Morocco

Posted on in Adventure + Travel, by Emily Harrington

I'm finally home in Tahoe after two long months of hectic travel, the last month of which I spent in Morocco for a film project with Sender Films for this year's Reel Rock Tour.

I recounted the details of our epic 24-hour mission on The North Face site here.  In a nutshell, Hazel and I tried to free climb a route called Babel, a 2800ft big wall.  It is difficult and technical climbing, and we wanted to do it in a day. After it was all said and done, I am really proud of our effort. We gave it hell, everything we had, and never once gave up on the idea that we were going to make it to the top and walk off, no matter how slow or tired we were.

The day looked a little like this: We woke up at 3:30 a.m. to begin our climb. We forced down some food and caffeine and hiked an hour and a half to the base of the route and began climbing at 6 a.m., just after first light.

The first half of the wall is characterized by difficult technical slab climbing (less than vertical) - very few holds, spaced protection, and little room for error when it comes to balance and technique. We climbed slowly because we had no idea where the holds were and there was no chalk on the wall because no climbers had been up there recently. It was the ultimate unknown challenge - just a 2800 ft blank wall before us. We climbed slowly through the first 1000 feet of rock.  I fell at the very end while trying to climb the hardest 7c+ (13a) section. After 150 feet of battling I failed, slipping off in a zone where no holds seemed to be (there were, I just wasn't finding them). I let out a heartbroken scream followed by a few sobs. I was already feeling tired and my skin was thin. We had far too much climbing left to keep moving so slowly. Hazel followed me up we continued to push, higher and higher.

We climbed onto a steeper terrain, replacing less than vertical technical climbing with more physical overhanging sections of rock. The change in angle was welcoming for our skin and toes, which were aching from the small holds below, but now the physical tiredness was setting in and our arms began to suffer. We finally reached one of the easiest of the sections.  I was looking forward to this pitch, to moving quickly on easy terrain. I offered to climb first and set off, motivated by the possibility of gaining some height and letting my mind and body rest for a bit. I was so, so wrong. I soon discovered that the nearly 200 foot section had only three pieces of protection.  The climbing was confusing and there were bushes and loose rocks intermingled among the solid stone. I finally committed to the long distances but arrived at the belay on a massive ledge with my confidence shattered and nerves fried. My mind and body were wrecked. I couldn't think straight. It was nearly 7 p.m. already. We had five sections of hard climbing left and only one hour of daylight.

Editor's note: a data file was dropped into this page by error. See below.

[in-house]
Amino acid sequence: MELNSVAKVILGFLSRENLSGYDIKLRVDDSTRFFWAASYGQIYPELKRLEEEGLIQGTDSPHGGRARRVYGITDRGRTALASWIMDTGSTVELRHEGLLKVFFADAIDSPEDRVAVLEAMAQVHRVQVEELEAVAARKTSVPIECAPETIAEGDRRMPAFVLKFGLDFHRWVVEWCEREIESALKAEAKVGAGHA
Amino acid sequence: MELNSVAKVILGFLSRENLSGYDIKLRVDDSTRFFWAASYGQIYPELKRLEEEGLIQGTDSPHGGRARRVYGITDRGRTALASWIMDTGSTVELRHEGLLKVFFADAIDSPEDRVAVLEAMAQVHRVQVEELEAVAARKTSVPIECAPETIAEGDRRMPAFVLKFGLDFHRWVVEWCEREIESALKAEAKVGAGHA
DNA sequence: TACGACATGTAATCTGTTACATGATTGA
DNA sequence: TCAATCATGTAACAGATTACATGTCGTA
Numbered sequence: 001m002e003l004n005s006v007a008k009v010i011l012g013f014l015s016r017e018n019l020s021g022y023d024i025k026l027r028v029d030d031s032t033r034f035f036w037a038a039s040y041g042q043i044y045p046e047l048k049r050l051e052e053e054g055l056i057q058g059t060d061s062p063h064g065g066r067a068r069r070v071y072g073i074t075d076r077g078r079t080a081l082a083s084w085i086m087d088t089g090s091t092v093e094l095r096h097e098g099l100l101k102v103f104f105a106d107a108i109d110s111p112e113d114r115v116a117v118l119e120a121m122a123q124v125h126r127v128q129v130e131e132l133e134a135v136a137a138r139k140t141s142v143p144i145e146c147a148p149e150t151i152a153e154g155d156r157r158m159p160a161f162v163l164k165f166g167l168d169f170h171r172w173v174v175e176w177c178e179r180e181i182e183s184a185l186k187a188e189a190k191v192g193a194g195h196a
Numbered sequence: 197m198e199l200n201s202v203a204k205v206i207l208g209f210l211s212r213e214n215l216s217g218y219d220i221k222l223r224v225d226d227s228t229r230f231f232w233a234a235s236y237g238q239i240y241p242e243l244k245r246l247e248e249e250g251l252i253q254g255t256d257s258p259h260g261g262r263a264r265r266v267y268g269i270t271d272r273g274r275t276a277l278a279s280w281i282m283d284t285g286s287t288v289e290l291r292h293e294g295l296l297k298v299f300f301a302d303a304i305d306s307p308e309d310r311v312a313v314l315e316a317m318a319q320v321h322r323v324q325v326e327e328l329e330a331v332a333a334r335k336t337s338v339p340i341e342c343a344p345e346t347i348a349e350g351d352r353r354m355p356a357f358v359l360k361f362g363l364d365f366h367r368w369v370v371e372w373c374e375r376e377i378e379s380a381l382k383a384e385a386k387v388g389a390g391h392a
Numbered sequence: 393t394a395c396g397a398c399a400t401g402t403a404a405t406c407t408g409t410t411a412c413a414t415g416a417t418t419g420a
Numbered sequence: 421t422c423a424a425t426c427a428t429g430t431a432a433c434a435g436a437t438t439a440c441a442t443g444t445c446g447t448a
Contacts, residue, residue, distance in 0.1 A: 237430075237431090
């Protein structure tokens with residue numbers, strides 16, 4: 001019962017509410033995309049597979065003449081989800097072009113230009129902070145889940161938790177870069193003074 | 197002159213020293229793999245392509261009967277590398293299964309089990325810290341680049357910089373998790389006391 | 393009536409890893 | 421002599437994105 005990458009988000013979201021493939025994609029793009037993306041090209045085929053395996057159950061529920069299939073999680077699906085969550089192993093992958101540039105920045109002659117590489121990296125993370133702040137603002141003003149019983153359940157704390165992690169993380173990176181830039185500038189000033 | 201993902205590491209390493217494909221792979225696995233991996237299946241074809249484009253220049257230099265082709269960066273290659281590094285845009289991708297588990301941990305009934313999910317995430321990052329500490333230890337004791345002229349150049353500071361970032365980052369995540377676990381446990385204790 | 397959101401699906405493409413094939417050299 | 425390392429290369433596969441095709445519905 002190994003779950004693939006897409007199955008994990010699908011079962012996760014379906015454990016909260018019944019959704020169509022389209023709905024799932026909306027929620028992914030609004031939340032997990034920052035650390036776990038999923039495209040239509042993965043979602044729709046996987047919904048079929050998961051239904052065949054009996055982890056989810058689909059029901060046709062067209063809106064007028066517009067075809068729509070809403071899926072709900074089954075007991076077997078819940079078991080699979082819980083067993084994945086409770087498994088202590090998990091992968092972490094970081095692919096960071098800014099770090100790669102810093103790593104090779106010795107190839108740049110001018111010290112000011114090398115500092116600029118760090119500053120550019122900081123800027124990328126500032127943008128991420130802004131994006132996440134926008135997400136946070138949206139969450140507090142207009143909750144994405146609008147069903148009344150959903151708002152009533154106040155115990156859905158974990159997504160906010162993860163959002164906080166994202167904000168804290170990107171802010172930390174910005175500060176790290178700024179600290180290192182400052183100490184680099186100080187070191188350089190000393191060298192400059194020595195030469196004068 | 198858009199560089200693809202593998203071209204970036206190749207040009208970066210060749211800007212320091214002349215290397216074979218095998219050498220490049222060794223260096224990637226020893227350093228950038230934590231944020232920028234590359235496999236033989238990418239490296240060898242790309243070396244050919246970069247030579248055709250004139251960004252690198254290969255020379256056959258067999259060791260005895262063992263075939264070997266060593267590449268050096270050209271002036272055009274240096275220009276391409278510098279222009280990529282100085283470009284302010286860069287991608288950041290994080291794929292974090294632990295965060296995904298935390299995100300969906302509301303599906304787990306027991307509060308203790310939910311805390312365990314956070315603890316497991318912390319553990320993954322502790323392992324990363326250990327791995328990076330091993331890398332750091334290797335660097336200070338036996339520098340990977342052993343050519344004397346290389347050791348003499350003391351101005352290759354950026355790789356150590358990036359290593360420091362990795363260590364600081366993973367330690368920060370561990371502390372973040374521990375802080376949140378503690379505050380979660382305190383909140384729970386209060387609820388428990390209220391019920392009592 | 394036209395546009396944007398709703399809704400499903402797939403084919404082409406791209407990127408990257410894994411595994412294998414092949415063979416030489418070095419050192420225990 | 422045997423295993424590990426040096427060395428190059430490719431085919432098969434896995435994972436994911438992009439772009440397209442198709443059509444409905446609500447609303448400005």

It was still my turn to climb first and I faced a hard climbing above. Hazel offered to go first and I said no. I wanted to turn it around. I focused and set off. I ignored the long distance between protection, committed to the small holds that had begun to feel like razor blades, and just kept moving up in the fading light. I reached the anchors with a renewed attitude and psyche. But it was short lived. Hazel followed and then took over leading. Now it was dark and freezing cold. I shivered and tried to be supportive as she quested up the next section in the dark. Three times she broke a hold and came flying off the wall - a fit of frustrating screams and cursing. She kept trying again though, and eventually succeeded. The last headwall yet again it did not let us take our guards down. This time it was so dark and cold I could barely move or talk. I watched Hazel climb higher and higher without finding any protection or solid gear. I followed up, feeling weird and shaky and desperately wanting to stand on horizontal ground after nearly 15 hours on the wall. When I reached the belay Hazel expressed that she felt it was too dark and we were too cold and tired to safely continue on Babel. We opted to walk along the ledge until we reached an easier gulley we had previously scrambled up when we climbed another route on the same wall the week before.

We quickly climbed up the gulley, reaching the top at 10:30 p.m. - 16 1/2 hours after leaving the ground!!! Relief melted through me. We had reached the end. We were stoked with our effort. It wasn't over though. We still had to walk back down to Taghia. The hike is usually about three hours, but this time it took us five. We got horribly lost trying to find the trail that leads down through the cliff band. My headlamp died and Hazel's was weak so we relied on the moonlight to guide us. We eventually found the right path after several failed attempts and a few conversations about whether or not to just try and sleep until daylight when we would be able to see better. We stumbled into the gîte at 3:30 a.m. - 24 hours after we left it to set out on our journey.

I woke up the next morning with a deep ache in every muscle and joint in my body. The skin on my finger tips was so tender I could barely dress myself without wincing, and my hands were so sore they wouldn't close into a fist. It felt glorious. There's a certain blissful exhaustion that comes with completing such a journey, a joy in pushing oneself to the absolute max, feeling totally spent and empty. It's cathartic and invigorating.

Now I'm back home in Tahoe, looking forward to the next journey!!!

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Emily Harrington

Emily is a rockclimber who currently resides in Squaw Valley, California.


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